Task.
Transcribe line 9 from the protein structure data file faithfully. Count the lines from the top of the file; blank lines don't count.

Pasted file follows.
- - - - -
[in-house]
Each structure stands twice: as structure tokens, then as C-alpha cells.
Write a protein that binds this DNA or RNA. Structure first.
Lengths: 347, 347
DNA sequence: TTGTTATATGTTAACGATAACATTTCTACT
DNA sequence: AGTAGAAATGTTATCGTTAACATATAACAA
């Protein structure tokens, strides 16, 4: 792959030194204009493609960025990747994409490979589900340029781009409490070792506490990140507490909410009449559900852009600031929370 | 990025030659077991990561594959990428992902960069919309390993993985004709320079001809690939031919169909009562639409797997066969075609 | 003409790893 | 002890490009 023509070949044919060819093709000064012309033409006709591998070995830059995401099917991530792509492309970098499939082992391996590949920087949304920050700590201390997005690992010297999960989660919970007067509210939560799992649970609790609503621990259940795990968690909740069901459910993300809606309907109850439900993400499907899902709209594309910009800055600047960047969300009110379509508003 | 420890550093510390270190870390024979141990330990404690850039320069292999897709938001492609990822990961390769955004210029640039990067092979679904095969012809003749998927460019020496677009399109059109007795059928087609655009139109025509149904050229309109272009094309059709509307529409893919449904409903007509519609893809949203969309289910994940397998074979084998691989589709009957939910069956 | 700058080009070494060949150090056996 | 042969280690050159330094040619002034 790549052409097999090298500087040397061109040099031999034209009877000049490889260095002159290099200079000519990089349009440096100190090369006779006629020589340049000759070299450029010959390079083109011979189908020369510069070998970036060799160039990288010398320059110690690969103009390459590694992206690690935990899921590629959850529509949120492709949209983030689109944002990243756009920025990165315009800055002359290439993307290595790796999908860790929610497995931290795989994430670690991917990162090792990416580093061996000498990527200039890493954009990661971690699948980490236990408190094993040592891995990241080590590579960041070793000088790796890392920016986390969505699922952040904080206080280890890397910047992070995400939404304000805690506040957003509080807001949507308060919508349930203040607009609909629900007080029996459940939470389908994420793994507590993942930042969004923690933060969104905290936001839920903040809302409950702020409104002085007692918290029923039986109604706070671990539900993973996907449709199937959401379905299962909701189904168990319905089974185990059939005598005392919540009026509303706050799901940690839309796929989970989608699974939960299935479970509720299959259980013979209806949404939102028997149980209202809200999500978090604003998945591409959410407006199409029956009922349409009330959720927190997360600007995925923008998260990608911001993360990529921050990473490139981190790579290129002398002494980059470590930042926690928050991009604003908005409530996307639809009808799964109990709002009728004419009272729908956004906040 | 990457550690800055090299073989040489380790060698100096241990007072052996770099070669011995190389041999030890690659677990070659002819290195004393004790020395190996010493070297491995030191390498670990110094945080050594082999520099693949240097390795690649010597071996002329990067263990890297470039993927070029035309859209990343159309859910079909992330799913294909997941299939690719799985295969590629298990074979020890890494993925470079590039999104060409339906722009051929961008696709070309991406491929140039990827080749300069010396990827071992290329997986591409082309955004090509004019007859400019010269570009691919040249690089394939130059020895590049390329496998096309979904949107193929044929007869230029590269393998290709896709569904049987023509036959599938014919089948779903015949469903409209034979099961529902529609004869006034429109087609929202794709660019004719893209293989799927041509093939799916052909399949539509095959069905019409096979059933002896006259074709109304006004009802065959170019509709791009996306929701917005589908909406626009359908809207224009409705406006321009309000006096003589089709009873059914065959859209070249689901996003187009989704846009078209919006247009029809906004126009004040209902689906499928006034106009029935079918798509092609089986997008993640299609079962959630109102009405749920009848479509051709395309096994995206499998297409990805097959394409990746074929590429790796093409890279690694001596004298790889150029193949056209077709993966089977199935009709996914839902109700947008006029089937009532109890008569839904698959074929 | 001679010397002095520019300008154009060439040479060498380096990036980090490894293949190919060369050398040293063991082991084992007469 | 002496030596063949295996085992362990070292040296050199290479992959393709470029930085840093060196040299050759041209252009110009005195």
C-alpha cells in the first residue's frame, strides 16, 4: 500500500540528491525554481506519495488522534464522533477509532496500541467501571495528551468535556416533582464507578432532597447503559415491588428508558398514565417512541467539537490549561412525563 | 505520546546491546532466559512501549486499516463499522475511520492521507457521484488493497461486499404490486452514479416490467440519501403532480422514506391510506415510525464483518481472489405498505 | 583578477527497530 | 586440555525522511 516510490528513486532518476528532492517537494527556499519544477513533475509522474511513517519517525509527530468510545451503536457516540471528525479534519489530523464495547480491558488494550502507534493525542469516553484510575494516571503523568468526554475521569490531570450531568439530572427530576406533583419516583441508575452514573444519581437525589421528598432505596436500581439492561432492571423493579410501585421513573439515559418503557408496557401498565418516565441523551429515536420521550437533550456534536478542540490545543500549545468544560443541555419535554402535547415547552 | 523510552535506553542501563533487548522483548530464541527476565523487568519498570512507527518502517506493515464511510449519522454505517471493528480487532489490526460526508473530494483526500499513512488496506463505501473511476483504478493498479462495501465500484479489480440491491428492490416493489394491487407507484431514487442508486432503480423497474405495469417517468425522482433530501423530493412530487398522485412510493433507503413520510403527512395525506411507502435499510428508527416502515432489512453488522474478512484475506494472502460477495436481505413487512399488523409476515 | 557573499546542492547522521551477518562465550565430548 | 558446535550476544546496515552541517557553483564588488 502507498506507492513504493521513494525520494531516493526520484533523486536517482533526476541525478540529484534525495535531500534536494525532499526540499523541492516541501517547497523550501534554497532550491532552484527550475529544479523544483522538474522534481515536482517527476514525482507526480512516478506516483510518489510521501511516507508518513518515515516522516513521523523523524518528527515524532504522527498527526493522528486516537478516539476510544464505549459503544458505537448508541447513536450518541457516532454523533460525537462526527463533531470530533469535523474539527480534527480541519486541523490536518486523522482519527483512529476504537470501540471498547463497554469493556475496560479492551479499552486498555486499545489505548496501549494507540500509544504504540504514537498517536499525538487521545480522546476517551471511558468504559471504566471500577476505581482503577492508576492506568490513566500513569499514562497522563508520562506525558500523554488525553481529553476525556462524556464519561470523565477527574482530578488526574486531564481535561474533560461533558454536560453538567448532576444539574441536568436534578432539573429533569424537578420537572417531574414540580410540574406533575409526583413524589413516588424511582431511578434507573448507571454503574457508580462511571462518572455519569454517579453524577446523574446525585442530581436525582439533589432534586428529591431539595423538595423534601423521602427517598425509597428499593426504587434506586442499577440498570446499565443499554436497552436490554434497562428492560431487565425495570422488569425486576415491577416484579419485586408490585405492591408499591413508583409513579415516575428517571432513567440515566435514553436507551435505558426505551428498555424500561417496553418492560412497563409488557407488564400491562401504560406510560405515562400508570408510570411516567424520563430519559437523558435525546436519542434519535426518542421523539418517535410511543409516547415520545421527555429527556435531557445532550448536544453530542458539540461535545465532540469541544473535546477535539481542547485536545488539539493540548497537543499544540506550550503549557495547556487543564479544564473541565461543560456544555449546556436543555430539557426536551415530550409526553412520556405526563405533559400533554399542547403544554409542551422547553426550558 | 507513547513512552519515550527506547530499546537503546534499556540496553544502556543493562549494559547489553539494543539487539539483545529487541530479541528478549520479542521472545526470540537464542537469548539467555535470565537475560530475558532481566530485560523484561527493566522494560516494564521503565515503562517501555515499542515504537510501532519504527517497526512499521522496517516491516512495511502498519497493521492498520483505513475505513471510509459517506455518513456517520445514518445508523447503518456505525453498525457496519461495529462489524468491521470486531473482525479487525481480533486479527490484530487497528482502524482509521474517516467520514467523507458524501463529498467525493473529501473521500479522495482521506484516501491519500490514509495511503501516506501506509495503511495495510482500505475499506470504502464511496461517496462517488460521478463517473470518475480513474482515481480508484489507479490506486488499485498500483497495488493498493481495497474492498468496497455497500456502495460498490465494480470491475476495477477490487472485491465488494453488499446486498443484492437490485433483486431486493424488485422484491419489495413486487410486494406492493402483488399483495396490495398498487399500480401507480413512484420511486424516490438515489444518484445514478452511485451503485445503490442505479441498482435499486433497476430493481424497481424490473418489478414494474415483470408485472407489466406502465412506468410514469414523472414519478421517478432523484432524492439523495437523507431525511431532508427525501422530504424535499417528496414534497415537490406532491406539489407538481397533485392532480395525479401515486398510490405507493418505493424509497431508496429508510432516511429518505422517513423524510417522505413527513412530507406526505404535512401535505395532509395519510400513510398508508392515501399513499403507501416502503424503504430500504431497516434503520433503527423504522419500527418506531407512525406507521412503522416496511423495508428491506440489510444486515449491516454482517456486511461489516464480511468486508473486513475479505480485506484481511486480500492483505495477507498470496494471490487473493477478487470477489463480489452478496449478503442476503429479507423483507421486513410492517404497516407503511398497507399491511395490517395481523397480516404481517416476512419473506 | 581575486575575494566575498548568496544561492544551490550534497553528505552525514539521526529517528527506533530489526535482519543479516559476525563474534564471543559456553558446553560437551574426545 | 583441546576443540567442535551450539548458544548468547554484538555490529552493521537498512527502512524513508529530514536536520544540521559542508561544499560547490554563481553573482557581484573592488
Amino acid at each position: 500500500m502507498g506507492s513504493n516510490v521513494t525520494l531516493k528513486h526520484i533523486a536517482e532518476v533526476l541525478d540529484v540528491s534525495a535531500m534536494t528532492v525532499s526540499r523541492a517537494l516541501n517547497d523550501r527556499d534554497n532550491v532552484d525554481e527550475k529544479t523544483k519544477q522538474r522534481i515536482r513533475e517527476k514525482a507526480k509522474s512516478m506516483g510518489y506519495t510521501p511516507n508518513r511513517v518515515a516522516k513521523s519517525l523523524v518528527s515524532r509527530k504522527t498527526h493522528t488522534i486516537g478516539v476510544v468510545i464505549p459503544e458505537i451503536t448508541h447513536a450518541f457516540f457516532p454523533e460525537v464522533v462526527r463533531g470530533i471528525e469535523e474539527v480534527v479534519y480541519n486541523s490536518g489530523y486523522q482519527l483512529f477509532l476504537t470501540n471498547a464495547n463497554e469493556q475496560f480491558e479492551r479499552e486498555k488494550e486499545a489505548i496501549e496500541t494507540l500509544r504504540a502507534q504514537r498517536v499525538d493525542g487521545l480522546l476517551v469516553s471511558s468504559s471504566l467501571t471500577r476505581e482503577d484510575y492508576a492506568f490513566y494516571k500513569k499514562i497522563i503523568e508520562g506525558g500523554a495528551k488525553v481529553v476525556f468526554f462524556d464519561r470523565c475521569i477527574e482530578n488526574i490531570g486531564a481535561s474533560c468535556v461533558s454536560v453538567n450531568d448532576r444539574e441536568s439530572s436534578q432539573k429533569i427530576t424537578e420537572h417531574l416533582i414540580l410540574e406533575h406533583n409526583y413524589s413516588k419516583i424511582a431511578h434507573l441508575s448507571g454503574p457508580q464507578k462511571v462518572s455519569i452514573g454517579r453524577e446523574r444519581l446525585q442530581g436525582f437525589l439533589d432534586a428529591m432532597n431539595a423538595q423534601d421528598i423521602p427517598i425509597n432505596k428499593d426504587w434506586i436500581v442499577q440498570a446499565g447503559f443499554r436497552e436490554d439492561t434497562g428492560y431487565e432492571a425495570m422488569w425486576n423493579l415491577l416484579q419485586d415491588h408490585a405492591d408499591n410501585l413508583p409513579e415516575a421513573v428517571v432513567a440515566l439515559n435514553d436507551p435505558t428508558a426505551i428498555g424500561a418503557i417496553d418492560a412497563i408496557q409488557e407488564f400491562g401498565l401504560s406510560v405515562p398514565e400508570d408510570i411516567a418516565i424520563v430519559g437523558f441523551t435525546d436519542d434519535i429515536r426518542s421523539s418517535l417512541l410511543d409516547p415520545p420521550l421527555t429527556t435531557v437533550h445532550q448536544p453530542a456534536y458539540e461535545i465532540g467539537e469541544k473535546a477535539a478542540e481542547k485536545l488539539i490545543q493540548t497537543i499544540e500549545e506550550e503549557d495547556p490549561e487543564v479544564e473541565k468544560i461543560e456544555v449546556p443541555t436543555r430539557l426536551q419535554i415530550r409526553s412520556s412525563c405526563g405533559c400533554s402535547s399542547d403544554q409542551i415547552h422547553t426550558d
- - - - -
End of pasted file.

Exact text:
Amino acid at each position: 500500500m502507498g506507492s513504493n516510490v521513494t525520494l531516493k528513486h526520484i533523486a536517482e532518476v533526476l541525478d540529484v540528491s534525495a535531500m534536494t528532492v525532499s526540499r523541492a517537494l516541501n517547497d523550501r527556499d534554497n532550491v532552484d525554481e527550475k529544479t523544483k519544477q522538474r522534481i515536482r513533475e517527476k514525482a507526480k509522474s512516478m506516483g510518489y506519495t510521501p511516507n508518513r511513517v518515515a516522516k513521523s519517525l523523524v518528527s515524532r509527530k504522527t498527526h493522528t488522534i486516537g478516539v476510544v468510545i464505549p459503544e458505537i451503536t448508541h447513536a450518541f457516540f457516532p454523533e460525537v464522533v462526527r463533531g470530533i471528525e469535523e474539527v480534527v479534519y480541519n486541523s490536518g489530523y486523522q482519527l483512529f477509532l476504537t470501540n471498547a464495547n463497554e469493556q475496560f480491558e479492551r479499552e486498555k488494550e486499545a489505548i496501549e496500541t494507540l500509544r504504540a502507534q504514537r498517536v499525538d493525542g487521545l480522546l476517551v469516553s471511558s468504559s471504566l467501571t471500577r476505581e482503577d484510575y492508576a492506568f490513566y494516571k500513569k499514562i497522563i503523568e508520562g506525558g500523554a495528551k488525553v481529553v476525556f468526554f462524556d464519561r470523565c475521569i477527574e482530578n488526574i490531570g486531564a481535561s474533560c468535556v461533558s454536560v453538567n450531568d448532576r444539574e441536568s439530572s436534578q432539573k429533569i427530576t424537578e420537572h417531574l416533582i414540580l410540574e406533575h406533583n409526583y413524589s413516588k419516583i424511582a431511578h434507573l441508575s448507571g454503574p457508580q464507578k462511571v462518572s455519569i452514573g454517579r453524577e446523574r444519581l446525585q442530581g436525582f437525589l439533589d432534586a428529591m432532597n431539595a423538595q423534601d421528598i423521602p427517598i425509597n432505596k428499593d426504587w434506586i436500581v442499577q440498570a446499565g447503559f443499554r436497552e436490554d439492561t434497562g428492560y431487565e432492571a425495570m422488569w425486576n423493579l415491577l416484579q419485586d415491588h408490585a405492591d408499591n410501585l413508583p409513579e415516575a421513573v428517571v432513567a440515566l439515559n435514553d436507551p435505558t428508558a426505551i428498555g424500561a418503557i417496553d418492560a412497563i408496557q409488557e407488564f400491562g401498565l401504560s406510560v405515562p398514565e400508570d408510570i411516567a418516565i424520563v430519559g437523558f441523551t435525546d436519542d434519535i429515536r426518542s421523539s418517535l417512541l410511543d409516547p415520545p420521550l421527555t429527556t435531557v437533550h445532550q448536544p453530542a456534536y458539540e461535545i465532540g467539537e469541544k473535546a477535539a478542540e481542547k485536545l488539539i490545543q493540548t497537543i499544540e500549545e506550550e503549557d495547556p490549561e487543564v479544564e473541565k468544560i461543560e456544555v449546556p443541555t436543555r430539557l426536551q419535554i415530550r409526553s412520556s412525563c405526563g405533559c400533554s402535547s399542547d403544554q409542551i415547552h422547553t426550558d